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Police chief: Guns, ammo in Colorado theater shooting were legally bought

July 20, 2012|By Michael Muskal

All of the weapons and bullets used by a gunman in the Colorado theater shooting rampage were legally purchased, including more than 6,000 rounds of ammunition bought over the Internet, officials said Friday.

Obviously weary state and local officials briefed reporters in the early evening, nearly 19 hours after the gunman opened fire at a local showing of “The Dark Knight Rises,” the final chapter of the current Batman film trilogy.

Twelve people died in the incident and 58 were injured by gunfire or in the chaotic aftermath, said officials; the toll of those injured was revised downward by one from earlier in the day. Of the 30 who remained hospitalized, 11 were in critical condition, Aurora Police Chief Dan Oates told reporters during a televised news conference.

PHOTOS: 'Dark Knight Rises' shooting 

James Holmes, 24, the suspect in the shooting, remains in police custody, Oates said. Oates would not give any details on how the prisoner was being held. Holmes is scheduled to make his first court appearance Monday, the chief said.

“The most important thing is that there is justice for these victims -- and justice will take place in the courtroom,” he said.

Oates was able, however, to give new details on the armament used during the attack on Theater 9 of the Century 16 complex in Aurora. The attack began about 12:30 a.m. Friday, some 25 minutes into the movie, when the gunman ignited two canisters of gas then opened fire.

The suspect had legally purchased four weapons in the last 60 days from gun shops, including an assault rifle, a shotgun and two Glock handguns, Oates said. Holmes had also purchased more than 6,000 rounds of ammunition -- 3,000 for the assault rifle, 3,000 for the two handguns and 300 rounds for the shotgun.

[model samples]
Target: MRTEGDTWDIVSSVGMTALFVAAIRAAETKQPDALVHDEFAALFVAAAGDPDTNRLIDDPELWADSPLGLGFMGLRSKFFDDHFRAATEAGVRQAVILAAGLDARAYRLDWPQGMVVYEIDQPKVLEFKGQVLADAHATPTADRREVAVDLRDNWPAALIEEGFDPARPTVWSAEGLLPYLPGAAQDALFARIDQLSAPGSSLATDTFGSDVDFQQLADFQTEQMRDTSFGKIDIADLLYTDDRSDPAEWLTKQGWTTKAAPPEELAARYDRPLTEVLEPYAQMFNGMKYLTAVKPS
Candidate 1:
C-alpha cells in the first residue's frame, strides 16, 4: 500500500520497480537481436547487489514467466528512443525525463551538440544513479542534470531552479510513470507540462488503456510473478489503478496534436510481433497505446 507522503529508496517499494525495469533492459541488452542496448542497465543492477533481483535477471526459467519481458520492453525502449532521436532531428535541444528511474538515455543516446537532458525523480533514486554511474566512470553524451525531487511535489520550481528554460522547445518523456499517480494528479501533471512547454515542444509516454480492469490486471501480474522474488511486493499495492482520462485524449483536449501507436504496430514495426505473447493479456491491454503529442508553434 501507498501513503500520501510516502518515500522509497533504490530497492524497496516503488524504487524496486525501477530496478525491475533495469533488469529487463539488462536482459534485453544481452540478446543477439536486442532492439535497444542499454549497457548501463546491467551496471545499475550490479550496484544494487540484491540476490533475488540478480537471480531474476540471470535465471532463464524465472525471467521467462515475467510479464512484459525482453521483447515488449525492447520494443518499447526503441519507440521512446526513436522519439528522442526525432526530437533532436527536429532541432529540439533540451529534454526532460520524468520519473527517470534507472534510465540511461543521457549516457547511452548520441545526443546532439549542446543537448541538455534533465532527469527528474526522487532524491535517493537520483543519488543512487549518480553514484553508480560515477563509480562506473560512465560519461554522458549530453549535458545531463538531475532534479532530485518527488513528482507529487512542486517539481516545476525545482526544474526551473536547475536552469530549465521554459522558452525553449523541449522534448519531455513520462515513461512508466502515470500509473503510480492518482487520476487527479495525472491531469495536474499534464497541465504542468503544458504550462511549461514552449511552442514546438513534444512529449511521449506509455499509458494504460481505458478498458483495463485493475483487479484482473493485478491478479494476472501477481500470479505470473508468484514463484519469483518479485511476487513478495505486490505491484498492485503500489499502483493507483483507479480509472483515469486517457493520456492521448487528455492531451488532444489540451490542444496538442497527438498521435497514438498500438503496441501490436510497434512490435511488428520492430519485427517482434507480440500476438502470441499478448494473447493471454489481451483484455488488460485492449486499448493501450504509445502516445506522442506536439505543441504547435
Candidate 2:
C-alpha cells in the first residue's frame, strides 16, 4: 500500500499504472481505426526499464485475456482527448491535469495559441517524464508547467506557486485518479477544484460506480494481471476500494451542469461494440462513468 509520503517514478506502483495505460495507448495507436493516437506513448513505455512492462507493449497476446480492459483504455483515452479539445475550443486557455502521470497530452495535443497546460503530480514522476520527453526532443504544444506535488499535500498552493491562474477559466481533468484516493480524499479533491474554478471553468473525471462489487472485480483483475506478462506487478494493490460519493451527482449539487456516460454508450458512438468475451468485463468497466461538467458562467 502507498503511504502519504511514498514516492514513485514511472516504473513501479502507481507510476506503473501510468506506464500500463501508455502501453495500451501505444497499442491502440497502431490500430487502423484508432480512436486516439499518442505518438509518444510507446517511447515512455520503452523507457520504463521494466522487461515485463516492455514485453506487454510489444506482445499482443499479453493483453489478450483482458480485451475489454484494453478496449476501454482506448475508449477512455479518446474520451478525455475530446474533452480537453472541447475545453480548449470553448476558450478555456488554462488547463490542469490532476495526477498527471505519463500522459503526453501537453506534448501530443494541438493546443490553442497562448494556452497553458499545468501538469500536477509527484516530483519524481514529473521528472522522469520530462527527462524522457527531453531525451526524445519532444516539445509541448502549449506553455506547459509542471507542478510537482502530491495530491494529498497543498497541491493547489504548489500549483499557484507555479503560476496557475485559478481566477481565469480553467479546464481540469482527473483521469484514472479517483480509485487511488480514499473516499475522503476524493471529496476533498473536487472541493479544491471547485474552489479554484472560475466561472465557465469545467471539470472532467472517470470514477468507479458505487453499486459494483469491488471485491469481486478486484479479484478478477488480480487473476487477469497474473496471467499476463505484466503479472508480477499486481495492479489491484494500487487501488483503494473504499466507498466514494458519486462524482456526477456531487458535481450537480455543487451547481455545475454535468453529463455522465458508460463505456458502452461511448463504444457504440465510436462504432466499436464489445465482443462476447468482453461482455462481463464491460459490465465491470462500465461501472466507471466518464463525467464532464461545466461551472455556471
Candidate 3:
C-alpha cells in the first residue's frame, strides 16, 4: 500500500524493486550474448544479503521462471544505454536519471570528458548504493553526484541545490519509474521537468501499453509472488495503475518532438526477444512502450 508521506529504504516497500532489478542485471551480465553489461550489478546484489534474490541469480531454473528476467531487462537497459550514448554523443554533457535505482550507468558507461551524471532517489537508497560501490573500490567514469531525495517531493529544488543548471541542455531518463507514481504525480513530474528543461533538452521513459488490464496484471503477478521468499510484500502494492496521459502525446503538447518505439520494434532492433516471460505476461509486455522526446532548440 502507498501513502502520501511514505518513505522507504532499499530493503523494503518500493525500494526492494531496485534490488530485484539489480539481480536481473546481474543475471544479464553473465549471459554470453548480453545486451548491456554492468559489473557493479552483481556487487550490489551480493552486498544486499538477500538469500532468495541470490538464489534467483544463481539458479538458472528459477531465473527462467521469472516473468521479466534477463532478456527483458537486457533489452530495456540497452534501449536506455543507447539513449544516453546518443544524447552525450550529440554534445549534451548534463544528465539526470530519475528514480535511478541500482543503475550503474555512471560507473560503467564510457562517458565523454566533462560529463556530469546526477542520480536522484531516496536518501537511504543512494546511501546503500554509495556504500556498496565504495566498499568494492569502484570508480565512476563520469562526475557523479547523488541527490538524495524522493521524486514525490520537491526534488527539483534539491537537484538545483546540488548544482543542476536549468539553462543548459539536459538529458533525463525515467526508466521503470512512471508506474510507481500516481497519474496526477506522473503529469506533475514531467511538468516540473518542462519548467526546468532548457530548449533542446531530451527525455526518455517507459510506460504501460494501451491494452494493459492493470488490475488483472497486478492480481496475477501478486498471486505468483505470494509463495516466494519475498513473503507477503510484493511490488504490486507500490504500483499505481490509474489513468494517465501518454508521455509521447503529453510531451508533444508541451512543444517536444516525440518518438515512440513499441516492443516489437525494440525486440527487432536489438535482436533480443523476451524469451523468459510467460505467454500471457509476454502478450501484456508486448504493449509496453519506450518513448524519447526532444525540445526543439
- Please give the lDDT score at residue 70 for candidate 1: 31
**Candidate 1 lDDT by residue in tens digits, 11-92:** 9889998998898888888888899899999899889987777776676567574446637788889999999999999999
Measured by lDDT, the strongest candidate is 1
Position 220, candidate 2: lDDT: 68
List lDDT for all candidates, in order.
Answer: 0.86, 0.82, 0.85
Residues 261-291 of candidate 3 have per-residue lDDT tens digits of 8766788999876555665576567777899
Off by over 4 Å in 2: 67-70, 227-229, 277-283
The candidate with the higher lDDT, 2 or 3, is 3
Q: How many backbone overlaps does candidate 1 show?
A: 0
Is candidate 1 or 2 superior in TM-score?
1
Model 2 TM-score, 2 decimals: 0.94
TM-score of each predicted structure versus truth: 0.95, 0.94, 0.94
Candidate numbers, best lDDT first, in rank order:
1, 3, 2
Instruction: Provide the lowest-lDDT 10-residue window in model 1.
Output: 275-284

“All weapons he possessed, he possessed legally. All clips he possessed, he possessed legally. All ammunition he possessed, he possessed legally,” Oates said.

Oates said Holmes had also purchased several magazines on the Internet for the assault rifle, including one 100-round drum magazine which was recovered from the scene. With the drum magazine, the gunman could have shot 50 to 60 rounds within one minute.

“As far as we know, it was a pretty rapid pace of fire in that theater,” Oates said.

Ten of the dead were killed in the theater, and two died in local hospitals, officials said. By Friday afternoon, authorities had removed the 10 bodies from the movie theater. Oates said officials would begin meeting with relatives of the deceased later in the evening.

The other major crime scene was Holmes’ apartment on Paris Street. Officials spent the day trying to figure out how to search the apartment after they discovered it had been booby-trapped with explosives, chemicals and trip wires.

“It’s a very vexing problem, how to enter that apartment safely,” Oates said “I personally have never seen anything like what the pictures show us.”

The police chief said authorities had suspended efforts at the apartment for the day and would resume work at the apartment on Saturday.

During the news conference, officials praised the police and hospital response to the shooting. Police began arriving within 90 seconds of the first telephone call at about 12:39 a.m.

“This is an act that defies description,” Democratic Gov. John Hickenlooper said at the news conference. “There is much anger that can’t find a focus. The challenge for us as a community is to move past that.

"This was just senseless,” the fatigued governor added. “There just aren’t words. If I had more sleep I might have a better vocabulary.”


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